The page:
Does Obama's 'Level Set' Underestimate China?
If Obama 'sets his levels' too low, he and his country might one day get a nasty shock.
When President Obama turned to foreign policy in his final State of the Union speech, he used a phrase that seems to come from a maths textbook. Here's the relevant passage, with emphasis added:
“No nation attacks us directly or our allies because they know that’s the path to ruin. Surveys show our standing around the world is higher than when I was elected to this office, and when it comes to every important international issue, people of the world do not look to Beijing or Moscow to lead. They call us.
“So I think it’s useful to level set here, because when we don’t, we don’t make good decisions. Now, as someone who begins every day with an intelligence briefing, I know this is a dangerous time. But that’s not primarily because of some looming superpower out there, and it’s certainly not because of diminished American strength.
“In today’s world, we’re threatened less by evil empires and more by failing states. The Middle East is going through a transformation that will play out for a generation, rooted in conflicts that date back millennia. Economic headwinds are blowing in from a Chinese economy that is in significant transition. Even as their economy severely contracts, Russia is pouring resources in to prop up Ukraine and Syria, client states that they saw slipping away from their orbit. And the international system we built after World War II is now struggling to keep pace with this new reality.
“It’s up to us to help, the United States of America, to help remake that system. And to do that well, it means that we’ve got to set priorities. Priority number one is protecting the American people and going after terrorist networks.”
'Level set' is clearly analogous to 'calibrate' here. And Obama is right: when you overestimate the threat, you make bad decisions (like the Iraq invasion). So, Obama's ongoing effort to give Americans a less apocalyptic assessment of the terrorist threat is to be applauded. If Americans have a more realistic view of terrorism, they are less likely to support military adventures that end in disaster for their country.
But note that Obama is walking a fine line here. Over the course of his term he has nudged America away from the Bush-era language of 'existential threats', but he can't get out too far ahead of the country, and he can't be seen to dismiss the threat, since that would look very bad for him if a major ISIS or al Qaeda attack happened right after. So he still refers to terrorism as America's number one priority.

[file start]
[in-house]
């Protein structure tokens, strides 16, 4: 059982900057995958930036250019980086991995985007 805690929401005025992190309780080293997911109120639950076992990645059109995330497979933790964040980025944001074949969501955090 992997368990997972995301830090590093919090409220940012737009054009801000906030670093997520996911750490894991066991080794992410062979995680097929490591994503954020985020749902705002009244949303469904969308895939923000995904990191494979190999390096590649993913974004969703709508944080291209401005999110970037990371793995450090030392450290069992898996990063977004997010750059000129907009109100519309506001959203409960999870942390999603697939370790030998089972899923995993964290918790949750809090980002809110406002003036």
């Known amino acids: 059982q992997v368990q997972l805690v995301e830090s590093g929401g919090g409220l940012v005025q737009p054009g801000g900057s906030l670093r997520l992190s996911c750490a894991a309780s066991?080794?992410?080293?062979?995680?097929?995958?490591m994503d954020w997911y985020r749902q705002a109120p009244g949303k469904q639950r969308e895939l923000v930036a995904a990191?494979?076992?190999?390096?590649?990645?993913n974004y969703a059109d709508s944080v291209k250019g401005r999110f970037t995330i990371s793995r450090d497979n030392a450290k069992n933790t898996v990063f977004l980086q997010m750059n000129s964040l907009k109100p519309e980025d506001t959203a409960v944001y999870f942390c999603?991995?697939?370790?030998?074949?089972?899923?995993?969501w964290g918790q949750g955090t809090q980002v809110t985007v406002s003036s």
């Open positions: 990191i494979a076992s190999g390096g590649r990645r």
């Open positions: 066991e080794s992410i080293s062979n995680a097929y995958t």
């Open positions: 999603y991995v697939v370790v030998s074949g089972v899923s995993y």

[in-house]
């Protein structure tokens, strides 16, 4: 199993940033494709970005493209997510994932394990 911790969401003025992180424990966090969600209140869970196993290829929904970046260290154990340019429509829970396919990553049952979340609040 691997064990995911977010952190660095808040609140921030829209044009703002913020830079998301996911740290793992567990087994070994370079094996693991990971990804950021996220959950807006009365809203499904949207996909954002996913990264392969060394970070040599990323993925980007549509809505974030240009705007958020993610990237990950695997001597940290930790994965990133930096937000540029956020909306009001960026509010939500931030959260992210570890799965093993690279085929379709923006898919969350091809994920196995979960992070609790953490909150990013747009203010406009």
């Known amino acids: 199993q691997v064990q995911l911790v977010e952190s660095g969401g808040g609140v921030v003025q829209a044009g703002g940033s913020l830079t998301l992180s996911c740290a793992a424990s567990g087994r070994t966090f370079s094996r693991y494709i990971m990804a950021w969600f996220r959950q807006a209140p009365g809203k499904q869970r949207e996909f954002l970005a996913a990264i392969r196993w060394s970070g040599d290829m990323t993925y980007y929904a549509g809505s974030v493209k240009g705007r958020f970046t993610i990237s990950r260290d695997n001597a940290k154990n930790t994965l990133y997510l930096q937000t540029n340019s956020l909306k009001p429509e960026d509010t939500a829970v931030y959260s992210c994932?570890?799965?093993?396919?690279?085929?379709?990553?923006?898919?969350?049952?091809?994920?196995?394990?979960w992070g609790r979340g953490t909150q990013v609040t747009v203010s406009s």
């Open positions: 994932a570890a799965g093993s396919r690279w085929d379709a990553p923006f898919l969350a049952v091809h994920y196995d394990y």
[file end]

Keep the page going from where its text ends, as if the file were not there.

From a Pacific perspective, it's also interesting that Obama's “level set” includes, as one of its reference points, a “looming superpower.”
You could read this passage narrowly—Obama is making the obvious point that ISIS is no superpower—but a broader reading is that Obama is not concerned about the rise of a rival power. That can only be a reference to China or Russia, since in the next paragraph he downplays both countries' prospects by referring to their economic woes. Then Obama makes the curious claim that the main reason the post-World War II order is “struggling to keep pace” is Russia's interventions in the Ukraine and Syria.
It's hard to dispute the claim that Russia is past it as a superpower—even Putin dismisses the label—but China cannot be dismissed so easily. So when you add this kind of rhetoric to Obama's repeated assurances of America's military lead over international rivals ('It's not even close!'), he does create the impression that he isn't taking the rise of China particularly seriously. Yet when it comes to economic power, ultimately the most important measure of national power, China is already streets ahead of the last “looming superpower” the United States faced down, the Soviet Union.
Of course, China is not the new Soviet Union. But China's relationship with the United States is marked by rivalry as well as cooperation, and that is only likely to grow as China grows in stature and its interests expand. If any country is going to fundamentally challenge the international system built by the United States after World War II, it will be China, not Russia.
Obama has done America and the world a service in recalibrating the terrorist threat, but in this speech at least, he seems to have lumped China into his argument about exaggerated threats. If Obama 'sets his levels' too low, he and his country might one day get a nasty shock.
Sam Roggeveen is the editor of the Interpreter, where this article first appeared.
Image: Flickr/White House.